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Hydrology and Earth System Sciences An interactive open-access journal of the European Geosciences Union
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Discussion papers
https://doi.org/10.5194/hess-2019-375
© Author(s) 2019. This work is distributed under
the Creative Commons Attribution 4.0 License.
https://doi.org/10.5194/hess-2019-375
© Author(s) 2019. This work is distributed under
the Creative Commons Attribution 4.0 License.

Submitted as: research article 05 Aug 2019

Submitted as: research article | 05 Aug 2019

Review status
This discussion paper is a preprint. It is a manuscript under review for the journal Hydrology and Earth System Sciences (HESS).

Impact of downscaled rainfall biases on projected runoff changes

Stephen P. Charles1, Francis H. S. Chiew2, Nicholas J. Potter2, Hongxing Zheng2, Guobin Fu1, and Lu Zhang2 Stephen P. Charles et al.
  • 1CSIRO Land and Water, Floreat WA, 6148, Australia
  • 2CSIRO Land and Water, Canberra ACT, 2601, Australia

Abstract. Realistic projections of changes to daily rainfall frequency and magnitude, at catchment scales, are required to assess the potential impacts of climate change on regional water supply. We show that quantile-quantile matched (QQM) bias-corrected daily rainfall from dynamically downscaled WRF simulations of current climate produce biased hydrological simulations, in a case study for the State of Victoria, Australia (237 629 km2). While the QQM bias correction can remove bias in daily rainfall distributions at each 10 km2 grid point across Victoria, the GR4J rainfall-runoff model underestimates runoff when driven with QQM bias-corrected daily rainfall. We compare simulated runoff differences using bias-corrected and empirically scaled rainfall for several key water supply catchments across Victoria and discuss the implications for confidence in the magnitude of projected changes for mid-century. Our results highlight the imperative for methods that can correct for temporal and spatial biases in dynamically downscaled daily rainfall if they are to be suitable for hydrological projection.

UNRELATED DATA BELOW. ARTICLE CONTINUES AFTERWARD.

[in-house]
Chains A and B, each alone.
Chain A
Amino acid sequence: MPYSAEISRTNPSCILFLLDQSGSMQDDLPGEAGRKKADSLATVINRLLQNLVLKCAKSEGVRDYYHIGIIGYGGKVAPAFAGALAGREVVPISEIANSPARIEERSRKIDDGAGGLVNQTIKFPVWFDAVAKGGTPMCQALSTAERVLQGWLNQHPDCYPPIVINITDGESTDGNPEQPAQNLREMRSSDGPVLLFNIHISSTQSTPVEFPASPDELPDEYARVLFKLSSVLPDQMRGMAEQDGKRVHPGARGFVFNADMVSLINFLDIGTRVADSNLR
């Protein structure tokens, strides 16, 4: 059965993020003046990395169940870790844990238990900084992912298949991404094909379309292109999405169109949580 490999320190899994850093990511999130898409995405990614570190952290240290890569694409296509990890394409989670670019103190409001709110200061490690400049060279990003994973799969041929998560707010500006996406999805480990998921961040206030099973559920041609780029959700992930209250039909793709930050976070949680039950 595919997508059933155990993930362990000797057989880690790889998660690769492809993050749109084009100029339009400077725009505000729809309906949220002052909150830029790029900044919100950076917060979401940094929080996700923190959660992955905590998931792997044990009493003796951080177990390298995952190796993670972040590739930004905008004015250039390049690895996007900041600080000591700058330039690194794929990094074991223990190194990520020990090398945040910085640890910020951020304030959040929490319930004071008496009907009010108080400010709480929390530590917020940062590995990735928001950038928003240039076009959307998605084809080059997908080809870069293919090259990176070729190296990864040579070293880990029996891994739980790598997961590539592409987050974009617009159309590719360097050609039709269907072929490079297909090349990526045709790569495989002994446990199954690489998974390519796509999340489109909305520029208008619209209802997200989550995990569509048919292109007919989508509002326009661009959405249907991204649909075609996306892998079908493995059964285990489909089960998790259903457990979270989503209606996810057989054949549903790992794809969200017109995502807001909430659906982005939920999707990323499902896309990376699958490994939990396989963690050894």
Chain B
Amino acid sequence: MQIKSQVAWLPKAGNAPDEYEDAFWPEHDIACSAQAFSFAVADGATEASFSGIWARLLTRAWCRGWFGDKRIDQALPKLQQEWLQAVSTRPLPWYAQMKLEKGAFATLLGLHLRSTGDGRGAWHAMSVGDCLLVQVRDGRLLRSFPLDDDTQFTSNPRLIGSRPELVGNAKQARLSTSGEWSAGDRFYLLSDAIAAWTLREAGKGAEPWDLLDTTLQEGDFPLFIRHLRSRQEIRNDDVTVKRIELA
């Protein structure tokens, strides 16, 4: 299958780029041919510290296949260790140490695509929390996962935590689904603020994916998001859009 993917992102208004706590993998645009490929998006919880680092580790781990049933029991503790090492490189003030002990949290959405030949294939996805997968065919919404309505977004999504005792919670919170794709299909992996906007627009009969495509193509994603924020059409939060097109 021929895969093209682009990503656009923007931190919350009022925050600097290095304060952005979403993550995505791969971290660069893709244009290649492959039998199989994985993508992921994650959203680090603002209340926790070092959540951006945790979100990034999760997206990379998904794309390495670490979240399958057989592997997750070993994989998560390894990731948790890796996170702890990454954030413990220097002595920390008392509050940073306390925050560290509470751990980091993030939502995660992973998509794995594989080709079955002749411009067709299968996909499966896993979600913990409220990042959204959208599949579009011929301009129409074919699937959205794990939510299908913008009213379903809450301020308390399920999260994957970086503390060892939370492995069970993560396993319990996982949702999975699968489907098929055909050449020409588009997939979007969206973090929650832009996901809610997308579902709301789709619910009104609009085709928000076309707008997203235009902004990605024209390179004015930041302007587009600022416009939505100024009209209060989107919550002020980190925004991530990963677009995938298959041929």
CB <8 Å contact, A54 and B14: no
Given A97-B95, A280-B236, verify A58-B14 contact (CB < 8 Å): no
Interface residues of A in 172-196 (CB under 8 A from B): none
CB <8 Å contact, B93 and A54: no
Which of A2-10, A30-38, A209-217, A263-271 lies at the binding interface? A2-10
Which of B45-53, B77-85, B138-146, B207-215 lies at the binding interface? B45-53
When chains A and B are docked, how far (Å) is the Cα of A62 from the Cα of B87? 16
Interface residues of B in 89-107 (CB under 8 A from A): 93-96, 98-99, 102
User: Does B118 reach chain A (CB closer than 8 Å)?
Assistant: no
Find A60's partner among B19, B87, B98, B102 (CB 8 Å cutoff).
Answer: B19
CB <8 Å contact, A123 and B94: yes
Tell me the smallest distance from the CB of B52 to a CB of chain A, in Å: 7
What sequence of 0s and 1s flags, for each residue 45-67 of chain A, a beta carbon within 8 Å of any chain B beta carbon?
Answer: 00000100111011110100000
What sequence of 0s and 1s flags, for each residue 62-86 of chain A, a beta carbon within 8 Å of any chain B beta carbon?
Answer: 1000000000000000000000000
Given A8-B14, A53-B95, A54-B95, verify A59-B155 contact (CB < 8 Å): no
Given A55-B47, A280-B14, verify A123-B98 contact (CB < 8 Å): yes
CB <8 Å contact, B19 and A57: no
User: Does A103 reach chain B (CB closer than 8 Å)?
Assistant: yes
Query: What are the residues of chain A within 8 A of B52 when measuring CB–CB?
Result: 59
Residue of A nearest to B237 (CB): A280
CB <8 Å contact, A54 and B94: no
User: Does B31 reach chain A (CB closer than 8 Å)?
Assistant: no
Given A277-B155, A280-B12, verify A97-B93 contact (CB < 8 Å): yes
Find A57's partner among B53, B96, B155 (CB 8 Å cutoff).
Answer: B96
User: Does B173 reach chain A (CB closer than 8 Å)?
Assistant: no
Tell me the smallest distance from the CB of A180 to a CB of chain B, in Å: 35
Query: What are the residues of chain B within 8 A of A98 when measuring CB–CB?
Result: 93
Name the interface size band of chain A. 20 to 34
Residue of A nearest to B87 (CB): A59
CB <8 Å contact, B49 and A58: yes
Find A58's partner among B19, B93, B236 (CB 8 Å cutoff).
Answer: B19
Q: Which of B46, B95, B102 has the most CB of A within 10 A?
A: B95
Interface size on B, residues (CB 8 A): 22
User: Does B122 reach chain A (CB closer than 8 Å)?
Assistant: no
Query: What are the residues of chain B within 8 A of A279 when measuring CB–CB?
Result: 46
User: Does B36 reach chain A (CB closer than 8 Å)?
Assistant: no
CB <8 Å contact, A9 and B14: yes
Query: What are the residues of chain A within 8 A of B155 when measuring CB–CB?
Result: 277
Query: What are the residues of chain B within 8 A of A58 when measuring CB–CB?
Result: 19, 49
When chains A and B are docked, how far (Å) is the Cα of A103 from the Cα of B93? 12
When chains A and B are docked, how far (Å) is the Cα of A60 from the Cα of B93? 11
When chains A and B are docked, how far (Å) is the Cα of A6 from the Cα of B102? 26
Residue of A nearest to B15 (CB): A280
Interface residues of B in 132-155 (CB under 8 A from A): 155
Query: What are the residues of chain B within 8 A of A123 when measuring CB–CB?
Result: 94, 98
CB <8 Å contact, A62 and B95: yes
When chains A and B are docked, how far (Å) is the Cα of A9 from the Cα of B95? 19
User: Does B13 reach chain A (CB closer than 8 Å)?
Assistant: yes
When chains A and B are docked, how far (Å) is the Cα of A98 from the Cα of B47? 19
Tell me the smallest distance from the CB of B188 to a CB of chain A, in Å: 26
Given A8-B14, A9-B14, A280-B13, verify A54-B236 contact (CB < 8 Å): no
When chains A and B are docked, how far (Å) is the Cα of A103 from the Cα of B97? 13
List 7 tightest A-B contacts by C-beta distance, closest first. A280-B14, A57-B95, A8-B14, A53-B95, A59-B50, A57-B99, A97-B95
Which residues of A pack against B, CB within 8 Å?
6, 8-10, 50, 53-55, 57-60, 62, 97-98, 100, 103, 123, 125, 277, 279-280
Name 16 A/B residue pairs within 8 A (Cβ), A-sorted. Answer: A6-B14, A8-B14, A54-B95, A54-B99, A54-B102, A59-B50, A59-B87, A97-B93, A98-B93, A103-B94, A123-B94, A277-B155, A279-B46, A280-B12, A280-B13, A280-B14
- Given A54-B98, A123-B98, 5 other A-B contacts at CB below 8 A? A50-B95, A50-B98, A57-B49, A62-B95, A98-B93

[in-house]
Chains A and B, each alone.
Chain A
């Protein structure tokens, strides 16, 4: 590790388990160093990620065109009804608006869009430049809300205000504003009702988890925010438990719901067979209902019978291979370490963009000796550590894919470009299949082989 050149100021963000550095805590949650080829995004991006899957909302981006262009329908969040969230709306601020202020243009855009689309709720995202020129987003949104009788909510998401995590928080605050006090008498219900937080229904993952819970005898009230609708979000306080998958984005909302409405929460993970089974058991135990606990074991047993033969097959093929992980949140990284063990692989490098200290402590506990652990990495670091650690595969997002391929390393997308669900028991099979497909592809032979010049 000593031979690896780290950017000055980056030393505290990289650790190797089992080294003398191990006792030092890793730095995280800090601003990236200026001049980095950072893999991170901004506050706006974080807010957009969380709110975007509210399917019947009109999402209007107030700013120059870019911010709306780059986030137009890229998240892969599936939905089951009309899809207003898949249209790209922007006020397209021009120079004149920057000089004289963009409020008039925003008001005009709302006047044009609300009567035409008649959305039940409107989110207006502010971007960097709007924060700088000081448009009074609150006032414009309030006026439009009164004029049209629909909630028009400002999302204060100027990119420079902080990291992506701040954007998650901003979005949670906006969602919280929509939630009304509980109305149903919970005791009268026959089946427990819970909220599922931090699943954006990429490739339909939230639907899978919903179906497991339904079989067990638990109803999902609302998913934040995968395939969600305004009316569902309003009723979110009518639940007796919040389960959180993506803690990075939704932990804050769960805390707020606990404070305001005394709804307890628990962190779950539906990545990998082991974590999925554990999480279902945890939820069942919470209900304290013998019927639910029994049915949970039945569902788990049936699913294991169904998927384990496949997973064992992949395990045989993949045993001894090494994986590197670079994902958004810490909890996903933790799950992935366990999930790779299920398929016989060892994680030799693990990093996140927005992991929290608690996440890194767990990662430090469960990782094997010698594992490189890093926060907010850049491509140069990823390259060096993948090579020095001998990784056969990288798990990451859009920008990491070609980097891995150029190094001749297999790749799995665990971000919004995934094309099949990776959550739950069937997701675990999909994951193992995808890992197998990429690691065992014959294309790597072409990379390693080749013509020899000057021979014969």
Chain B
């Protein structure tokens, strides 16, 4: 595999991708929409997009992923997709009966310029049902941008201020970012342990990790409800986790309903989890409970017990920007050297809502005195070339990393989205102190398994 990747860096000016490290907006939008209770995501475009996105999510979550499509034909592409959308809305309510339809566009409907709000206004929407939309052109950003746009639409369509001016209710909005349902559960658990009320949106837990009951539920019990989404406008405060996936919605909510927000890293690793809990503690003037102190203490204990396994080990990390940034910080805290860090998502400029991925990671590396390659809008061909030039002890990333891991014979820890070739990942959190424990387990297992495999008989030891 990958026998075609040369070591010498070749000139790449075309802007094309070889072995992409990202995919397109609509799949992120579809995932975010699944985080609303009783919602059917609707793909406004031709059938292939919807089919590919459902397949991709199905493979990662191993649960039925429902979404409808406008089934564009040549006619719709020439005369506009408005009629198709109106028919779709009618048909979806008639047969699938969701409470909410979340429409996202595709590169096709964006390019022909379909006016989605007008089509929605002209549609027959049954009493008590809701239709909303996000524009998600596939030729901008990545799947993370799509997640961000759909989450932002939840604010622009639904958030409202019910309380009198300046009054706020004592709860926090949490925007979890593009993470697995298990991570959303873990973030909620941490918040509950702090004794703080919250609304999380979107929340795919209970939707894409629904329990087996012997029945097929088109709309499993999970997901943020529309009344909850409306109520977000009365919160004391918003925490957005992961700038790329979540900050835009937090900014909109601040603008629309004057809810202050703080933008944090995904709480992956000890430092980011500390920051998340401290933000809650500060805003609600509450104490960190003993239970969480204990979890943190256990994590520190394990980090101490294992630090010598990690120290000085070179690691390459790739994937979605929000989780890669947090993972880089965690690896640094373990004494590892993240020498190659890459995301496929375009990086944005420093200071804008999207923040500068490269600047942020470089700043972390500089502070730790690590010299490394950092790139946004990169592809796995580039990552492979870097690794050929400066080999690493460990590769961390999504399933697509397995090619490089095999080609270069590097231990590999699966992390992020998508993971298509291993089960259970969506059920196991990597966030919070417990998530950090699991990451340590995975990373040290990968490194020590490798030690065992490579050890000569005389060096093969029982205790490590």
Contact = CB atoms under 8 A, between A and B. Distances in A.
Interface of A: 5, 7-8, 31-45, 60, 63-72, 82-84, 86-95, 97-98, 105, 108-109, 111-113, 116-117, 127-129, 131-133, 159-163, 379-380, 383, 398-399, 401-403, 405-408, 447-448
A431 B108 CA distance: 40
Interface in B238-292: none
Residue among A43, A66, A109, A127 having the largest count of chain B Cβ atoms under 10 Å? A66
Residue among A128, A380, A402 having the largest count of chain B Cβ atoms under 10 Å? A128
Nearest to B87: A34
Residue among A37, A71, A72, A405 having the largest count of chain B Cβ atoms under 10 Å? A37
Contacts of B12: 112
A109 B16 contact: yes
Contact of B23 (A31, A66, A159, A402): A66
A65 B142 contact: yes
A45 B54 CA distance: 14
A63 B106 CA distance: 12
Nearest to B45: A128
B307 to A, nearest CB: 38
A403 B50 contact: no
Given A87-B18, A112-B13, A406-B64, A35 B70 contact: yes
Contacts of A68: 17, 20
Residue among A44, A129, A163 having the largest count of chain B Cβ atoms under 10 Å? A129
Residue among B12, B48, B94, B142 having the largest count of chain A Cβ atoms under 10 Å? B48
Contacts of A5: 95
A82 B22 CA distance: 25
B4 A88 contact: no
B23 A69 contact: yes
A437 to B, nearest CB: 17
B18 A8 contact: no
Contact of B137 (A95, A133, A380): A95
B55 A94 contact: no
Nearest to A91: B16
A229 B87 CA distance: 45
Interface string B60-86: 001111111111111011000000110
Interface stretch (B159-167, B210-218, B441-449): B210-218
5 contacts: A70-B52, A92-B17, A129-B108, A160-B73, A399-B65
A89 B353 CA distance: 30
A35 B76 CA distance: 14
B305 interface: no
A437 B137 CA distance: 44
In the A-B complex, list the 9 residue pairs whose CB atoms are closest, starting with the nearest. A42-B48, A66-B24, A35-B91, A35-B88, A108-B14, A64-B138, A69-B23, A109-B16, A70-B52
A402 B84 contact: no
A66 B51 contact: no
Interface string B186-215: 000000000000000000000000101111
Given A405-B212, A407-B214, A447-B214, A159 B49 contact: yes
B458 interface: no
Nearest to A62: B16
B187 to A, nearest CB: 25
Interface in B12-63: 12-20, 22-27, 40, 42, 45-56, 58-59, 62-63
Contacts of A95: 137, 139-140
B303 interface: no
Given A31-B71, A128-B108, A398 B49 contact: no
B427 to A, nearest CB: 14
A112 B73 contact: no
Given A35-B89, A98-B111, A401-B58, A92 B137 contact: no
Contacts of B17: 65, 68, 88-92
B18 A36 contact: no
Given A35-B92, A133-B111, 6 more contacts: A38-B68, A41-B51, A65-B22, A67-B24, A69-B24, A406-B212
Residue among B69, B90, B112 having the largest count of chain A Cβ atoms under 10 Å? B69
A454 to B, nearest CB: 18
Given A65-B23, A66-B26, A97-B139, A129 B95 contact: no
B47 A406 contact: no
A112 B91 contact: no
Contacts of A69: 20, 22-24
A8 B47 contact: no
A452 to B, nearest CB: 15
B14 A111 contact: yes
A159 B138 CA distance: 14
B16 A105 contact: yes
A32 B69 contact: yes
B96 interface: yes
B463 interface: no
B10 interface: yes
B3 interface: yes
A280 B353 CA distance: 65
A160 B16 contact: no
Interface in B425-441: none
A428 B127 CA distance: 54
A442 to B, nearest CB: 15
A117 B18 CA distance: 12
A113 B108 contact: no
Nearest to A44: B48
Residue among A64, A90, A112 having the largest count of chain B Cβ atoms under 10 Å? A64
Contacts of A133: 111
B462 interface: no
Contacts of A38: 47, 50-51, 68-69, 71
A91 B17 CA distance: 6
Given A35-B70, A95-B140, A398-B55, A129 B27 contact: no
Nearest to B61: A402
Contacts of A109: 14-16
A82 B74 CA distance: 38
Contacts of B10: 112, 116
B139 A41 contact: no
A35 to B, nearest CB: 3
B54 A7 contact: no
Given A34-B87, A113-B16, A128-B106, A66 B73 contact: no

Stephen P. Charles et al.
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Stephen P. Charles et al.
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Short summary
Assesses suitability of bias-corrected (BC) WRF daily rainfall across state of Victoria, Australia for input to hydrological models to determine plausible climate change impacts on runoff. Compares rainfall and runoff changes using BC WRF with those obtained from empirical scaling (ES) using raw WRF changes. Concludes BC derived changes are more plausible than ES derived changes but that remaining biases in BC WRF daily add uncertainty to runoff projections.
Assesses suitability of bias-corrected (BC) WRF daily rainfall across state of Victoria,...
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